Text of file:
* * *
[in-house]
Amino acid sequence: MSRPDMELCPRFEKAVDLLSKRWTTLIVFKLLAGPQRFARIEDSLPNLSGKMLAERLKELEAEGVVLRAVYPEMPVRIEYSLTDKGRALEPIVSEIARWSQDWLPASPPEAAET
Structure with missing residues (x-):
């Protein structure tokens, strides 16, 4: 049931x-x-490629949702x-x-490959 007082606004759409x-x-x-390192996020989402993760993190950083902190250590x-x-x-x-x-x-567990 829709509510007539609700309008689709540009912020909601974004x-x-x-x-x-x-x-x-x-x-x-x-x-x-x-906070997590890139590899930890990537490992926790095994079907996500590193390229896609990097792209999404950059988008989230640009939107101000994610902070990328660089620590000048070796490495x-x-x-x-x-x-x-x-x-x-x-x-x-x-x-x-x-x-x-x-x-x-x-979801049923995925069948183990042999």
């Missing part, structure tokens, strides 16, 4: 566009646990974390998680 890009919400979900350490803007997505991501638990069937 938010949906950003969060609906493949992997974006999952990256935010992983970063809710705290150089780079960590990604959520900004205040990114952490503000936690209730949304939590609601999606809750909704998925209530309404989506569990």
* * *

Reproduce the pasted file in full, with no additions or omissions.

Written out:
[in-house]
Amino acid sequence: MSRPDMELCPRFEKAVDLLSKRWTTLIVFKLLAGPQRFARIEDSLPNLSGKMLAERLKELEAEGVVLRAVYPEMPVRIEYSLTDKGRALEPIVSEIARWSQDWLPASPPEAAET
Structure with missing residues (x-):
């Protein structure tokens, strides 16, 4: 049931x-x-490629949702x-x-490959 007082606004759409x-x-x-390192996020989402993760993190950083902190250590x-x-x-x-x-x-567990 829709509510007539609700309008689709540009912020909601974004x-x-x-x-x-x-x-x-x-x-x-x-x-x-x-906070997590890139590899930890990537490992926790095994079907996500590193390229896609990097792209999404950059988008989230640009939107101000994610902070990328660089620590000048070796490495x-x-x-x-x-x-x-x-x-x-x-x-x-x-x-x-x-x-x-x-x-x-x-979801049923995925069948183990042999």
């Missing part, structure tokens, strides 16, 4: 566009646990974390998680 890009919400979900350490803007997505991501638990069937 938010949906950003969060609906493949992997974006999952990256935010992983970063809710705290150089780079960590990604959520900004205040990114952490503000936690209730949304939590609601999606809750909704998925209530309404989506569990």